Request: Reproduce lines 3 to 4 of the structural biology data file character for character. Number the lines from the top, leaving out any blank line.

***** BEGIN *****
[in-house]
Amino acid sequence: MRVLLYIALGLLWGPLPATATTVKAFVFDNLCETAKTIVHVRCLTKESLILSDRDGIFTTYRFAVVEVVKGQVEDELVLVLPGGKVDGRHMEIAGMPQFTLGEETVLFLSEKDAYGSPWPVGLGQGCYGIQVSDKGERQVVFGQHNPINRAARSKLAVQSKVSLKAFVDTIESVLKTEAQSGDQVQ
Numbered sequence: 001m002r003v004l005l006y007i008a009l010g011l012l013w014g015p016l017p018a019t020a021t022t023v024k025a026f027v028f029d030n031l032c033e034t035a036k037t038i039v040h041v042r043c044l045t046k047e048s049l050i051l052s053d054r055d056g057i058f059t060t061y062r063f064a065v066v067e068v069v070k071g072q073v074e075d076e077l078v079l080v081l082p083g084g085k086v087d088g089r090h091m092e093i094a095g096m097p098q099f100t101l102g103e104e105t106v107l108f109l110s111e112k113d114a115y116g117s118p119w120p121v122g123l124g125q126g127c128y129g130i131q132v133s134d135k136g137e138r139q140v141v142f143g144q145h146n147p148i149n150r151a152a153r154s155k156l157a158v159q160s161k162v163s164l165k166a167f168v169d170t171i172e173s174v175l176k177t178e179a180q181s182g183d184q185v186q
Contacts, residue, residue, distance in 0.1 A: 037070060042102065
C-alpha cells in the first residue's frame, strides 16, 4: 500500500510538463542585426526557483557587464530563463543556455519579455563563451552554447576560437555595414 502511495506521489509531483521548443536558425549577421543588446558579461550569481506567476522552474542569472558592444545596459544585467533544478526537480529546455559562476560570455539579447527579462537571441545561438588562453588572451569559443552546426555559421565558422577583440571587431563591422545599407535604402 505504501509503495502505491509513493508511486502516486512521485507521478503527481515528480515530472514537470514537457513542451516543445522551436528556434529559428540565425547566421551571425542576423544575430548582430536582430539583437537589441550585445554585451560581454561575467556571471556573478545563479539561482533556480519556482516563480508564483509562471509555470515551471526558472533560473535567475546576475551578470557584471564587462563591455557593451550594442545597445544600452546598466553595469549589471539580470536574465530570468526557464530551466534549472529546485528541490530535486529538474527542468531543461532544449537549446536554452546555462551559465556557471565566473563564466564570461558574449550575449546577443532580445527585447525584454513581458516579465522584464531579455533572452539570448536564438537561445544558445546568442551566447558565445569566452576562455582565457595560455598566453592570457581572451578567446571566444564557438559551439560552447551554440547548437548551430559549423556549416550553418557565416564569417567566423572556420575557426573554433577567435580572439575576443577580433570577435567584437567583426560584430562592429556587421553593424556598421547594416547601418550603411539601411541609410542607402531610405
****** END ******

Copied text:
Numbered sequence: 001m002r003v004l005l006y007i008a009l010g011l012l013w014g015p016l017p018a019t020a021t022t023v024k025a026f027v028f029d030n031l032c033e034t035a036k037t038i039v040h041v042r043c044l045t046k047e048s049l050i051l052s053d054r055d056g057i058f059t060t061y062r063f064a065v066v067e068v069v070k071g072q073v074e075d076e077l078v079l080v081l082p083g084g085k086v087d088g089r090h091m092e093i094a095g096m097p098q099f100t101l102g103e104e105t106v107l108f109l110s111e112k113d114a115y116g117s118p119w120p121v122g123l124g125q126g127c128y129g130i131q132v133s134d135k136g137e138r139q140v141v142f143g144q145h146n147p148i149n150r151a152a153r154s155k156l157a158v159q160s161k162v163s164l165k166a167f168v169d170t171i172e173s174v175l176k177t178e179a180q181s182g183d184q185v186q
Contacts, residue, residue, distance in 0.1 A: 037070060042102065